Audrey Girard was a medical advertising pioneer, both in her professional capacity and as a role model for women now flourishing in our industry.
Growing up in England, Audrey learned about print production from her father, who was a printer. Among his clients was a paint company. While checking proofs for their color charts she learned to be meticulous and conscientious, traits which would serve her well in a career to come.
During World War II she volunteered for the British equivalent of the Women’s Army Corps, where she developed another important character trait: taking on important responsibilities. She was assigned to take notes for the planning of the Normandy invasion at General Eisenhower’s headquarters.
She came to the U.S. as a war bride, having married William Girard, an American Army Colonel. Putting her printing skills to use, she went to work in the production department of the J. B. Roerig Company, a mid-size pharmaceutical company located in Chicago, Illinois.
At Roerig, Audrey made her mark long before women were generally accepted in the business world, in fact, while they still faced substantial discrimination. Rising to the position of advertising manager, she became one of the very first female executives at a prominent pharmaceutical company, just as she was later to pioneer as the first woman to serve as president of the Pharmaceutical Advertising Club (now the HMCA).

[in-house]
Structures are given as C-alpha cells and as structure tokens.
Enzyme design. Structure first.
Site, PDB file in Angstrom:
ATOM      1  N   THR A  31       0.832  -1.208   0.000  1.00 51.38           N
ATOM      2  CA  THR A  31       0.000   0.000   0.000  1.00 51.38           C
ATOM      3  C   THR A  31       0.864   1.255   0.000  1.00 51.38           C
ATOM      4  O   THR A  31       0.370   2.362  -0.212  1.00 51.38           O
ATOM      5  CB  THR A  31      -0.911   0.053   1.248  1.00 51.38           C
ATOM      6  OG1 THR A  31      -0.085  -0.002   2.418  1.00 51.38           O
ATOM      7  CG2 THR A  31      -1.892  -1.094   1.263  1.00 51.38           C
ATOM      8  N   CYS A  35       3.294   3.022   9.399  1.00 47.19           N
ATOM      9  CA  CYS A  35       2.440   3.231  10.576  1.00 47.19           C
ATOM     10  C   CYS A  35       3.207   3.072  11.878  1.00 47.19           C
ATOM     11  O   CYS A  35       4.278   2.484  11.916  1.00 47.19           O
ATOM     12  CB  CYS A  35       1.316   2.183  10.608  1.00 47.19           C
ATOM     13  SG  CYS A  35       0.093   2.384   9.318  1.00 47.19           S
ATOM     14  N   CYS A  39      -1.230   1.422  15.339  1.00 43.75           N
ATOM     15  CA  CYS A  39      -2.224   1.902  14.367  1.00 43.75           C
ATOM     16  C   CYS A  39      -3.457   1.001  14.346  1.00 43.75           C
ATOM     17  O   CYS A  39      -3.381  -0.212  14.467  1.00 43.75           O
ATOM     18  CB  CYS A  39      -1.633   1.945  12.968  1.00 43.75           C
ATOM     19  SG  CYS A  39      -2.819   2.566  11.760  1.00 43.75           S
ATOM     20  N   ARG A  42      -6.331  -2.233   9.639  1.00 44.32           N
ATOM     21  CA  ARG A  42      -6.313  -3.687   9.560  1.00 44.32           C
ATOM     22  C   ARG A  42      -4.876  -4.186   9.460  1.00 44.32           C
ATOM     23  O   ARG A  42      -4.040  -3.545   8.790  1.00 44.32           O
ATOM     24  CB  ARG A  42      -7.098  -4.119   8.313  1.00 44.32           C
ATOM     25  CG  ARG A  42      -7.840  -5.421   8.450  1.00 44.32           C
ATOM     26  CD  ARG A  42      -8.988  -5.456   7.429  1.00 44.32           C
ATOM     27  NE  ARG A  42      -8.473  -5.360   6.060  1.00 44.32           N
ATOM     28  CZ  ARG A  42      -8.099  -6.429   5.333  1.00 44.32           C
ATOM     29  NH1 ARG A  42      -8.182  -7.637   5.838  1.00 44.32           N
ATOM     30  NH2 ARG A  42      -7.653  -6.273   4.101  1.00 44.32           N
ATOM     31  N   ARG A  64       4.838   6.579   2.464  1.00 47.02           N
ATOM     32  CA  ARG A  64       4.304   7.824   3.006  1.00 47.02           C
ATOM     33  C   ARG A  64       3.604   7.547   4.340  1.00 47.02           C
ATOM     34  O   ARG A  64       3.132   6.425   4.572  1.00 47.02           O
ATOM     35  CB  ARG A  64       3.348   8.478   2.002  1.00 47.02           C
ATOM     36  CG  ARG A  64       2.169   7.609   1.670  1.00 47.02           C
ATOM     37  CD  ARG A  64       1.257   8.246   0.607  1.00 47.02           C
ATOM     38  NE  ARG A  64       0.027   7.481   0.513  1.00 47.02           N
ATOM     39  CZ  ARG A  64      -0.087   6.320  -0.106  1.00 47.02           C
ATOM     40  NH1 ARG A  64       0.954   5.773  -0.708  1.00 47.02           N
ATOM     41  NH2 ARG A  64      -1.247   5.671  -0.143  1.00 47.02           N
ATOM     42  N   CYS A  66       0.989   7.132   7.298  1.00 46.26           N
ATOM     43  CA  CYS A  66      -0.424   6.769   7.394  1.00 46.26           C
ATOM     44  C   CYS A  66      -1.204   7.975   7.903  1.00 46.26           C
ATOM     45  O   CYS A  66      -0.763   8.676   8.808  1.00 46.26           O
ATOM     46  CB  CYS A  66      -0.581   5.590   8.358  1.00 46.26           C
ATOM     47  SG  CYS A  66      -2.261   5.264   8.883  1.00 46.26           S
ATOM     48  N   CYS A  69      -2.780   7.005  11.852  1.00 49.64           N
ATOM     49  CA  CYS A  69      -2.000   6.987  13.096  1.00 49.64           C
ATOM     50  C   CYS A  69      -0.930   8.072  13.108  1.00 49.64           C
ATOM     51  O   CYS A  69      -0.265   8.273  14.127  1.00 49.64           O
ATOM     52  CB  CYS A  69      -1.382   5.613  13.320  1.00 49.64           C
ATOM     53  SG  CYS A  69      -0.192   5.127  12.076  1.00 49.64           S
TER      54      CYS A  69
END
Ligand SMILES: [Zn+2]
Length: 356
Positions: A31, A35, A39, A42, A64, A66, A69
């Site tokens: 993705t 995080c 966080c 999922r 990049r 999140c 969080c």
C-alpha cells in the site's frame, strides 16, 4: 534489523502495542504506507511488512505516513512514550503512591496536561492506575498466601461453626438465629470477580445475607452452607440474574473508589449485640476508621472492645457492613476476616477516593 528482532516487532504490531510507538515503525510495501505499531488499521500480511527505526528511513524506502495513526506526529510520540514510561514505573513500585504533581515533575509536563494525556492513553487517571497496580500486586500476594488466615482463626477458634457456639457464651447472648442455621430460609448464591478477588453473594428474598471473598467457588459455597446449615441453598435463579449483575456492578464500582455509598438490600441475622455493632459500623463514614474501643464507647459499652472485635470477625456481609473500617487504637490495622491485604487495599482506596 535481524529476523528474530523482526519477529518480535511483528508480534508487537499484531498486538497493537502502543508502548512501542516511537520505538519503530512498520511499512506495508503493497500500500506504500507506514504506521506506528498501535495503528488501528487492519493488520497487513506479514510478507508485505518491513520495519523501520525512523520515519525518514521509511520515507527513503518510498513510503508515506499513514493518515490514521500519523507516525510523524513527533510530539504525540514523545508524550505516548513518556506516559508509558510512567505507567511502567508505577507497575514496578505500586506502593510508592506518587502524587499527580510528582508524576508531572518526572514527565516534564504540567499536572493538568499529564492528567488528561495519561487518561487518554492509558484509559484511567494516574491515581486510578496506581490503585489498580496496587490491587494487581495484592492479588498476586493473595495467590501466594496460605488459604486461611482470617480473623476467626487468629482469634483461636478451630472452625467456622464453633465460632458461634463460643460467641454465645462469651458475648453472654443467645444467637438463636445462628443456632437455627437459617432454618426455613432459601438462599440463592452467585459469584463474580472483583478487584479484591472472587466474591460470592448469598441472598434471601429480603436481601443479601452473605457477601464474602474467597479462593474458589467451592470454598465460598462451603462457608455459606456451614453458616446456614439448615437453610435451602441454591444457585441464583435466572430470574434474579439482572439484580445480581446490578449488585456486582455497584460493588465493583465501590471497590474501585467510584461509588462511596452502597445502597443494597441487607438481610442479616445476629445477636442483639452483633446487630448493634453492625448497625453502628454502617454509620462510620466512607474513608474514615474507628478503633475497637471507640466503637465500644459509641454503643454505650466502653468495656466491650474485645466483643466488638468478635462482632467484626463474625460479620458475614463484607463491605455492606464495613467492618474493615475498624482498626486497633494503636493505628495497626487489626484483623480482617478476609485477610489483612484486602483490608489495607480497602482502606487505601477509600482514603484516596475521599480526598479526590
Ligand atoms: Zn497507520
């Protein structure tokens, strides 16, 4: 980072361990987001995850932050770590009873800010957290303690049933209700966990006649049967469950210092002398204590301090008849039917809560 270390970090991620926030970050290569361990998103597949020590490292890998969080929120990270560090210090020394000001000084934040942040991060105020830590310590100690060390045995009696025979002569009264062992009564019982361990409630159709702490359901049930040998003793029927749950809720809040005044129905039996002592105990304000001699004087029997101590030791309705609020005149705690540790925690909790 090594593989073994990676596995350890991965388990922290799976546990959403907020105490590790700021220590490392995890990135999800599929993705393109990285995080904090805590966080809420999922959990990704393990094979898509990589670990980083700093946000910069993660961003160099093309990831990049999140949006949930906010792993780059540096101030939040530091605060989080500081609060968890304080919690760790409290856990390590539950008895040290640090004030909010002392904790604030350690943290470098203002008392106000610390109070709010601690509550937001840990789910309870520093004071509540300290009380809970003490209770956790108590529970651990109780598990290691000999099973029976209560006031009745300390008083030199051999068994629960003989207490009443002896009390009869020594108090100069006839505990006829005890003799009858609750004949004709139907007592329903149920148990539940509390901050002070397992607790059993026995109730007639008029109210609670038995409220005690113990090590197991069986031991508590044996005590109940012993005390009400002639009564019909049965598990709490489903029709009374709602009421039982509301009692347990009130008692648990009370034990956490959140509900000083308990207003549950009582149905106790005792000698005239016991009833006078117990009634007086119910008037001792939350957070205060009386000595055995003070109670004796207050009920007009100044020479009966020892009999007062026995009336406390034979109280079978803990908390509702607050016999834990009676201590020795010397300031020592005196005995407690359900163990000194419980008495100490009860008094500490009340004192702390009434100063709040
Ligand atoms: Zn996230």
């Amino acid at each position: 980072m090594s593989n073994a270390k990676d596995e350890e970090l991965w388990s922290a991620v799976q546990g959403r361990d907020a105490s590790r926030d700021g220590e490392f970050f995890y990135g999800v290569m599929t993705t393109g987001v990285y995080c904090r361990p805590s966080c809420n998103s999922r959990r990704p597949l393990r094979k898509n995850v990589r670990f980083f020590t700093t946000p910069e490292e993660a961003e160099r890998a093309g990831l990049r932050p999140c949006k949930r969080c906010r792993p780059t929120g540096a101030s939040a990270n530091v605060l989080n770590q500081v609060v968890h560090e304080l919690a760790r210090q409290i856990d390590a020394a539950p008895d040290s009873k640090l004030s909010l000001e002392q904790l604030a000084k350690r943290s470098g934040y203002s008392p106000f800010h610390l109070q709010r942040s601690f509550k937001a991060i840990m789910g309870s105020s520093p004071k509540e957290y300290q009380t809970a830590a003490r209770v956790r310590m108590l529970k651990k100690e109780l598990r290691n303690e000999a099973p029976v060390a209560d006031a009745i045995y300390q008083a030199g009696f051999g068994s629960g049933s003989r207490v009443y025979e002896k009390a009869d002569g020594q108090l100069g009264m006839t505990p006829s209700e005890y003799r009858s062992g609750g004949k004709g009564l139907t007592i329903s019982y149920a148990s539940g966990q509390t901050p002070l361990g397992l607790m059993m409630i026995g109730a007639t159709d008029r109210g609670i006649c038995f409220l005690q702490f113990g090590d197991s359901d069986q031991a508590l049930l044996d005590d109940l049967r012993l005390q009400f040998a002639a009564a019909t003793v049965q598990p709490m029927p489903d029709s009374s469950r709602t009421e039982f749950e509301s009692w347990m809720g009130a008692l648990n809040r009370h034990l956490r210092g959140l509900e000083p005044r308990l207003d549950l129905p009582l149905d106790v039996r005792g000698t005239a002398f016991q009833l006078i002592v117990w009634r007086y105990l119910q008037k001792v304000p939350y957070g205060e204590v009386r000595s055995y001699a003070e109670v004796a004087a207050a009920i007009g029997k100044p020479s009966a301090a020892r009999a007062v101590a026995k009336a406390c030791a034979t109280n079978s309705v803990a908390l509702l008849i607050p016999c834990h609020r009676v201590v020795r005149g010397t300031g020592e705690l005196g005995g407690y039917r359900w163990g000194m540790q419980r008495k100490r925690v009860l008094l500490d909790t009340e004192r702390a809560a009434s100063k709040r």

In those days, advertising managers were the equivalent of today’s marketing directors, with substantial authority and responsibility. Her appointment to this position was a direct tribute to her business skills and judgment. As ad manager of J. B. Roerig, Audrey reported directly to the president and had the final say on most marketing strategy decisions. For many years after Roerig was acquired by Pfizer, it remained an autonomous unit, and her authority was undiminished. Only later, when the product manager system was introduced, did her role in the company change.
Audrey was responsible for the spectacularly successful marketing of such Roerig products as Antivert, Bonine, and Atarax. Each was promoted by heavy journal advertising and direct mail campaigns. Under Audrey’s direction, these campaigns stayed consistently on message, always featuring the same copy and art themes. Not only were the messages consistent, they were highly imaginative. “Vertigo, Vertigoing, Vertigone” for Antivert. “Blue at breakfast? In the pink with Bonine” for morning sickness. And for the tranquilizer, Atarax, “Peace of mind” and “When peace of mind can’t wait” when the parenteral form was introduced. Although the term had yet to be invented, this was branding at its most effective and Audrey understood and utilized it to the fullest.
Since Audrey’s skills did not include copywriting, what she contributed to the creative process was an unfailing ability to inspire the agency to do its best and to approve and appreciate good work when it was presented. She also realized the advantage of consistency and reinforcement – to let campaigns run month after month, even year after year, without changing the basic message. All of these qualities made her the perfect client for an agency – tough, demanding, highly focused, determined. At the same time she was supportive, appreciative of good work, and never let her ego get in the way of doing what was best for her employer.
Since she passed away in 1983, younger people in the industry did not have the privilege of getting to know Audrey or her work. But they should be aware of what she did as an industry pioneer, shaping what the field of medical advertising is now, and blazing a trail for equal opportunity for women. For these reasons, she deserves to honored for her lifetime’s work.